Good ole October.
The month of apple picking and crunchy leaves falling for some, deyas and lights for a few, pumkpin carving prep for several and the start of holiday jollies for many.
Personally, you can find me alternating between any two of those. October also puts me in a reminiscent mood though; I think of my university student life. Hey, it was just under two years ago that I graced the halls of my alma mater, UWE Bristol. It’s especially memorable, knowing that so many of you that hang out here, or that find me online are university students yourselves. (P.s., slightly jealy about all the chic stationery that you get to enjoy for lectures, by the way. Just a bit.)
With World Mental Health Day just wrapping up last week, cute stationery and freshers fairs aside, there’s got to be so many parts of uni life that can overwhelm you, especially if anxiety, chronic depression or OCD may have decided to jump into your suitcases for the move-in trip to your dorm.
If this sounds like you (I won’t tell, promise), let’s talk about 4 potential risks you’ll want to avoid (and how) while maintaining your wellbeing at uni.
Mental Illness Flareups
Signs of depression and mental illness will appear long before university. Still, you might not understand what they are or how to control them. Social anxiety reared its ugly head years before I started university but took on a whole new meaning when I started. Not only was I at a new place, but also in a new city within a new country. In the first months of uni, I was a ball of nerves each day, opting to eat lunch in the library under the guise of ‘studying’ (and seriously, who truly study during their first semester?) or skip lunch altogether. Anything, anything to avoid being around classmates who, in my head, must think I’m weird, ugly, awkward, and want nothing to do with me. Add to that the pressure coming from home to have and keep great grades, my mind was playing a tug of war with me, between “Will they think I’m a snob if I don’t go to the pub crawl?”, “What will they think of these shoes at the pub crawl?” and “What if I don’t finish this essay on time, after the pub crawl?? I’m bound to fail this course.”
I was in a constant state of fear of either being shunned at school, or being a total failure at school. Or, both. Frazzled and stressed were my middle names, and more often than not, I didn’t balance the two well. Looking back, having a few solid coping mechanisms and stress busters in my corner would’ve been helpful. Learning how to deal with the stress and how to blow off steam is essential. Otherwise, those harmful thoughts creep up on you and change your personality to the point you do things you never imagined.
Back to the subject of pub crawls, a mainstay in uni life nowadays. I’m secretly side-eyeing you if you’ve never been to at least one. (If we had to compile a top 5 university essentials list , can we honestly say cider won’t be right up there in the top three? According to a Frontiers in Psychiatry study, 83% of university students in the sample used showed symptoms of problematic alcohol use. Of the total, 11.5% had medium to high-level problems.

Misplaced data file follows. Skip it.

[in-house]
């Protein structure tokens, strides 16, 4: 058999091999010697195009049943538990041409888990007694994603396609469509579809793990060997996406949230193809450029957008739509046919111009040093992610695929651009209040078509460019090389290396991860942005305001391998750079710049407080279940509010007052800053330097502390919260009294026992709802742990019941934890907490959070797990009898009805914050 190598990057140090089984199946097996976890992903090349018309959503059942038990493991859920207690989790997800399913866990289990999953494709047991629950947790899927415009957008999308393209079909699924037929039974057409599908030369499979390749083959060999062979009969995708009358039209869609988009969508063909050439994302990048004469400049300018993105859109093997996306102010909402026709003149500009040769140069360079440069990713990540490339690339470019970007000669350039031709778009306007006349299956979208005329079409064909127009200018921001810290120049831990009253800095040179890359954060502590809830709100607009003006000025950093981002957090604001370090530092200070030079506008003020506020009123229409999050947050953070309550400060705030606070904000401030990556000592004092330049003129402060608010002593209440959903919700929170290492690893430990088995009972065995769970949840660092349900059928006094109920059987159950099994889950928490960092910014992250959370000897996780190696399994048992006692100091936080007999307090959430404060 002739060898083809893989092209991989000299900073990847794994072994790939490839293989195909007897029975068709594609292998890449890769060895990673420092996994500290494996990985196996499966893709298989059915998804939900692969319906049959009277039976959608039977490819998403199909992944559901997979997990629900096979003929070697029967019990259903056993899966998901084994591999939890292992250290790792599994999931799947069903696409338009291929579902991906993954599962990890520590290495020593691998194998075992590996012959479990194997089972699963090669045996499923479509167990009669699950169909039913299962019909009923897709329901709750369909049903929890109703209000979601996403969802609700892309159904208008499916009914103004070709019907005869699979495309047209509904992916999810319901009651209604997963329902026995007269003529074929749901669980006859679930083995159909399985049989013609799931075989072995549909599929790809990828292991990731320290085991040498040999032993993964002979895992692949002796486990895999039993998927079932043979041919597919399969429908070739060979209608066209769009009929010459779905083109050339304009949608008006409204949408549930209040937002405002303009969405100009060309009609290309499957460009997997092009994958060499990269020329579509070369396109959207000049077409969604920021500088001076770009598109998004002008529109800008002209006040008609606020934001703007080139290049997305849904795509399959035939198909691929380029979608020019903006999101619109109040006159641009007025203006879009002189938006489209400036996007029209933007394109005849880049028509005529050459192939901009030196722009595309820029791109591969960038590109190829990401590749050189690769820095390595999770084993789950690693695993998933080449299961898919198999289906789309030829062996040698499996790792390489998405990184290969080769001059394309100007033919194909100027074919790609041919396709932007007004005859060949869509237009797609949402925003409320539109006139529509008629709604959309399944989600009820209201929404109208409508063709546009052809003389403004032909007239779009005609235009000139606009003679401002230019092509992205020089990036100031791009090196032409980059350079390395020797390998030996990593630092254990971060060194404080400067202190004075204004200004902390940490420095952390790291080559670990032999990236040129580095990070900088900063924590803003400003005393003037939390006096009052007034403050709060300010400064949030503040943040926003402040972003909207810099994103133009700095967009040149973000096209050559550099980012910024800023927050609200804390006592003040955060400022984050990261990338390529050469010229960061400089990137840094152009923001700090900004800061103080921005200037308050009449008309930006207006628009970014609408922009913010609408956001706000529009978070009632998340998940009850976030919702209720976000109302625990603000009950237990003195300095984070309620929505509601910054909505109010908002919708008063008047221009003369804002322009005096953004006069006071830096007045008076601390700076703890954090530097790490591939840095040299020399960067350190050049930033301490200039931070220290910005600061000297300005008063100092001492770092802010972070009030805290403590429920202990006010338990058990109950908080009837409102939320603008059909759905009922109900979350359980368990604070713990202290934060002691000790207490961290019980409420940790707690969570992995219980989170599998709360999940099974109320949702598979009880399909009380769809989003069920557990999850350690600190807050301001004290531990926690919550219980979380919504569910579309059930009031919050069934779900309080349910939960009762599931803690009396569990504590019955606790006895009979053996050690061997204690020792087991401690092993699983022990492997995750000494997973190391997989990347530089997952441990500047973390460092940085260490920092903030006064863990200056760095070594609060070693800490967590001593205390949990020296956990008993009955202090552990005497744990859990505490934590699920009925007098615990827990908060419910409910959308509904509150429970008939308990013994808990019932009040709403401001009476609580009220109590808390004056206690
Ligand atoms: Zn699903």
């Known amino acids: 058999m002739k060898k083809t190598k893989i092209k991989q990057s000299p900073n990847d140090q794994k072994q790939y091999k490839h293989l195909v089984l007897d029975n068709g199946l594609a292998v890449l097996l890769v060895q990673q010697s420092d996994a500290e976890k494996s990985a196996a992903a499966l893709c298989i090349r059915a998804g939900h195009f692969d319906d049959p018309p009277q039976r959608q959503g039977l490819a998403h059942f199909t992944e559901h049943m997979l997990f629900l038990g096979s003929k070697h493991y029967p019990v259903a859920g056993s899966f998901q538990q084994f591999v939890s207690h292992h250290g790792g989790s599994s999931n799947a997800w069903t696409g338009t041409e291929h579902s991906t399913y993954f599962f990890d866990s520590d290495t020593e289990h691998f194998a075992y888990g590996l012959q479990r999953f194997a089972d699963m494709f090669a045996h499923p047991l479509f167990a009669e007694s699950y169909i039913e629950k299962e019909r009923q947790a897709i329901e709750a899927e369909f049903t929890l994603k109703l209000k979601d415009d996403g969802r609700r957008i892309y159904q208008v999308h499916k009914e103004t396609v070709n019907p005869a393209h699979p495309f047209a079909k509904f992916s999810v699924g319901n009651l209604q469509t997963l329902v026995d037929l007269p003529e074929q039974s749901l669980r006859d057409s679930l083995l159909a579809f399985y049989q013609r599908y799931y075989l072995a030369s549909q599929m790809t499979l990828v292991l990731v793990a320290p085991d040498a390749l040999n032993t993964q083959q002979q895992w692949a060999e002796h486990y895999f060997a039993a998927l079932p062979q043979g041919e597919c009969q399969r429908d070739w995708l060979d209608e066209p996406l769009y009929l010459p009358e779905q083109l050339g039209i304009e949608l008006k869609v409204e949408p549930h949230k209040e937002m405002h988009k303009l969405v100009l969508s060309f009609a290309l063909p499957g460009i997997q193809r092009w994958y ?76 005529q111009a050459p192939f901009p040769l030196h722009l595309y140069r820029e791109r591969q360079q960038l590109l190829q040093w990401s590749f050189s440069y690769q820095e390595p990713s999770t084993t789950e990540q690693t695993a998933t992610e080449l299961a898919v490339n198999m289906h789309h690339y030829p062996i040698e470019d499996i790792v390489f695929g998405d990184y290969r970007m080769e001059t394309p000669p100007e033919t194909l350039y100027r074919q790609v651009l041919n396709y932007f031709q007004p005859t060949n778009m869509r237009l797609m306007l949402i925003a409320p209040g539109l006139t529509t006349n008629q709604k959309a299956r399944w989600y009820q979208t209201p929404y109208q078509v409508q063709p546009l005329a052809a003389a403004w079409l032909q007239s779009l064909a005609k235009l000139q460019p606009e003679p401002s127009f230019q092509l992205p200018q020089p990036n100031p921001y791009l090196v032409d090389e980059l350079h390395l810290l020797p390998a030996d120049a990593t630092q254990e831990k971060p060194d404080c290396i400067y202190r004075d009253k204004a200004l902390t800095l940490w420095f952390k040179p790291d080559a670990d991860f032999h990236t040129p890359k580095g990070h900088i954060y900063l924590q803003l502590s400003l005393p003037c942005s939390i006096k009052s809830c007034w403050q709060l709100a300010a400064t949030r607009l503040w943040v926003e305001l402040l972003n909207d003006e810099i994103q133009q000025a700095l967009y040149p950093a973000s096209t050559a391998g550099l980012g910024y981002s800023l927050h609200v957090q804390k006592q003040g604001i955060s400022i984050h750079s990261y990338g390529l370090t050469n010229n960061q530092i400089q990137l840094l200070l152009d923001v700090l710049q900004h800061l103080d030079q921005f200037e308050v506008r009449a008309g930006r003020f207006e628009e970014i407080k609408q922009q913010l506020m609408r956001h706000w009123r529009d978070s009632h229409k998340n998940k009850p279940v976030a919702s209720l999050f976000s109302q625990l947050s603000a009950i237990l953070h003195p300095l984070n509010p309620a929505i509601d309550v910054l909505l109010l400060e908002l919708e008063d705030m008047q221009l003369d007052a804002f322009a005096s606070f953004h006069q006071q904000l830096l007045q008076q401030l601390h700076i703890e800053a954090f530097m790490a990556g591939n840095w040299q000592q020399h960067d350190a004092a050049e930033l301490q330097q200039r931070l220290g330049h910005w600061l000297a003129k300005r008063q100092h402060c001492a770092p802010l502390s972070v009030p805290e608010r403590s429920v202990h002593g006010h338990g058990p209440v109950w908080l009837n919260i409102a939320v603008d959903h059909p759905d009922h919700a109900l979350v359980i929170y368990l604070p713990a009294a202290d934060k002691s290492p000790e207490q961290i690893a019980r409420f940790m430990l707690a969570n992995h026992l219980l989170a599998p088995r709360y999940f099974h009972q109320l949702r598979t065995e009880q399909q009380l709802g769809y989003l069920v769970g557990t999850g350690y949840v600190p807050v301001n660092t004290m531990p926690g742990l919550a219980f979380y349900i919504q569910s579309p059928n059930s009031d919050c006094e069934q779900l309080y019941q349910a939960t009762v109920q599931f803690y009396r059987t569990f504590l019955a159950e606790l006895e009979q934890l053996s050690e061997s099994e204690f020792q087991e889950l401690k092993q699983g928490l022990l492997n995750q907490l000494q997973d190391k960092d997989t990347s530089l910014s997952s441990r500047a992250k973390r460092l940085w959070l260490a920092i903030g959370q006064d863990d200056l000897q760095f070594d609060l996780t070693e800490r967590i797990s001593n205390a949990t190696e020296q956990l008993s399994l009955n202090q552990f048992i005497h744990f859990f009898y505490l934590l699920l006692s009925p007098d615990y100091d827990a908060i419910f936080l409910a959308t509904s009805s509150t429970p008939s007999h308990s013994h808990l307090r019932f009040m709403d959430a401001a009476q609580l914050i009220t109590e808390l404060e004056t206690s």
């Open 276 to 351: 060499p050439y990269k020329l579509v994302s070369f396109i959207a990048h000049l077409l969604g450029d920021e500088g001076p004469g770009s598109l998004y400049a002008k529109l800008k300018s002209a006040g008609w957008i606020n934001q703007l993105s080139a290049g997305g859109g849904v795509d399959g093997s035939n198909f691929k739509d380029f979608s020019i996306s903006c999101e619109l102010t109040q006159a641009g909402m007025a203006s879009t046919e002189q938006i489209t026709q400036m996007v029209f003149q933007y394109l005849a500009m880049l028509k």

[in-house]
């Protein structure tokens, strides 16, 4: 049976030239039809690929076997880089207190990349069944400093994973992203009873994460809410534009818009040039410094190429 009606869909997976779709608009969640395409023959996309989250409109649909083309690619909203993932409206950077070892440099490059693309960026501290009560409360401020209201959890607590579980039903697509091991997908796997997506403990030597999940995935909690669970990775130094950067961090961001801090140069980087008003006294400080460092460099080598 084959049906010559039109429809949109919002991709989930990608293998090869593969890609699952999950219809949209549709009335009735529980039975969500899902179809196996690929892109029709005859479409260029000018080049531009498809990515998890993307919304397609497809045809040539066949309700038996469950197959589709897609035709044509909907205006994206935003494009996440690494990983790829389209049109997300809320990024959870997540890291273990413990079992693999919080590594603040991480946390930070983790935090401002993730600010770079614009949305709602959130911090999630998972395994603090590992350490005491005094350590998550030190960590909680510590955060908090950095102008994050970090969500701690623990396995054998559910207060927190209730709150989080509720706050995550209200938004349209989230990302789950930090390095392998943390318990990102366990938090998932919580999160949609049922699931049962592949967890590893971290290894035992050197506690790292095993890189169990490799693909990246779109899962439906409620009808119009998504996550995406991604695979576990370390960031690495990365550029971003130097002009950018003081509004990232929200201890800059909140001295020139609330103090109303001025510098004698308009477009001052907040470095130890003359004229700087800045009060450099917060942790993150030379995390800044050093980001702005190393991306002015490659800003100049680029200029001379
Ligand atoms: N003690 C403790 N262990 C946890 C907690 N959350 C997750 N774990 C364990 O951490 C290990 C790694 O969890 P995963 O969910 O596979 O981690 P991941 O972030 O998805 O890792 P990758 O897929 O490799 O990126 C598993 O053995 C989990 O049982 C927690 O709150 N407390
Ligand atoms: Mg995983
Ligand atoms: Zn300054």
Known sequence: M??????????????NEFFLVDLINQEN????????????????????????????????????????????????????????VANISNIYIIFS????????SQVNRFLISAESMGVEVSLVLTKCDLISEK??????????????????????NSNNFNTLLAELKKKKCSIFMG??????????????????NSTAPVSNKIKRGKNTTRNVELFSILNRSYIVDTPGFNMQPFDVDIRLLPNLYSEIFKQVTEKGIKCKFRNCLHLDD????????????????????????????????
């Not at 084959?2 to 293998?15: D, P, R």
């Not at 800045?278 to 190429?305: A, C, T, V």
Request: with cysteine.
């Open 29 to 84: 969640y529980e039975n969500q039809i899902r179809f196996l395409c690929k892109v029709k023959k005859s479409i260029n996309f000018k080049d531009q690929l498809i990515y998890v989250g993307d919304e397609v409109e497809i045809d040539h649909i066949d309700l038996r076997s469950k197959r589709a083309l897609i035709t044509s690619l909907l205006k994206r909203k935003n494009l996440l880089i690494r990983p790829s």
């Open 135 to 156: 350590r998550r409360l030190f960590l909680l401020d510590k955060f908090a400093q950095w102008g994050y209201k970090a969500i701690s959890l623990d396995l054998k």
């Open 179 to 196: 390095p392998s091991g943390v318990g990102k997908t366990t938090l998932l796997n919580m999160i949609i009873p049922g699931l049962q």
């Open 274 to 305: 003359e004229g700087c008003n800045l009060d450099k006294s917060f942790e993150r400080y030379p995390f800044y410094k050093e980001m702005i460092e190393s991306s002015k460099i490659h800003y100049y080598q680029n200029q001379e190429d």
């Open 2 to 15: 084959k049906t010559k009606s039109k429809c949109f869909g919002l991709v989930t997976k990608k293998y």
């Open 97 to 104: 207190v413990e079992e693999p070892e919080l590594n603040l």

In short, alcohol is a major part of student life and can lead to all sorts of issues, from dependency to failing exams. Being around it all of the time is a risk, especially if you are easily influenced. Some of us can bounce back from a wild night out with a good fry-up the next morning or some top ramen, but it’s not that simple for everyone.
If you do find drinking is getting out of control, an online resource I’d recommend is https://www.rehabclinic.org.uk/
Although it’s a taboo subject that most shy away from discussing, it’s one that women need to be aware of when they move in on campus. America has a particularly big problem with abuse and Britain isn’t an exception. Even though reported rates are low, Times Higher Education believes it’s because people don’t want to speak out against friends or friends of friends. Remember that unwanted groping and being peer pressured into sexual activity isn’t right. Should you experience any abuse, be sure to tell someone and speak out privately. Also, take precautions such as going out with a trusted friend-circle and avoiding unlit walkways.
Being around hundreds of people in close quarters means there are germs (and desperately needed earplugs, and extension leads going missing, and lots of top ramen, but mostly germs). Plus, there are unhygienic games such as beer pong (yep, I’m still stuck on the pub crawl). The simple fact is you’re going to get sick, particularly in the first year. All of the partying and drinking impacts the immune system and you’ll feel run down. The flu might not be scary, but it doesn’t stop there. Cases of mumps and other contagious diseases spread in universities so it’s important to be vigilant. (No one wants to be stuck waiting to see the campus nurse for hours on end. Missing a class or two might be fun, but not that fun). If the symptoms persist after a few days, you should speak to a doctor or see the nurse.
What other wellness pitfalls do you try to avoid while at university? What are your fail-proof wellness and wellbeing tips? Share it with me below.
Till we chat again, girl.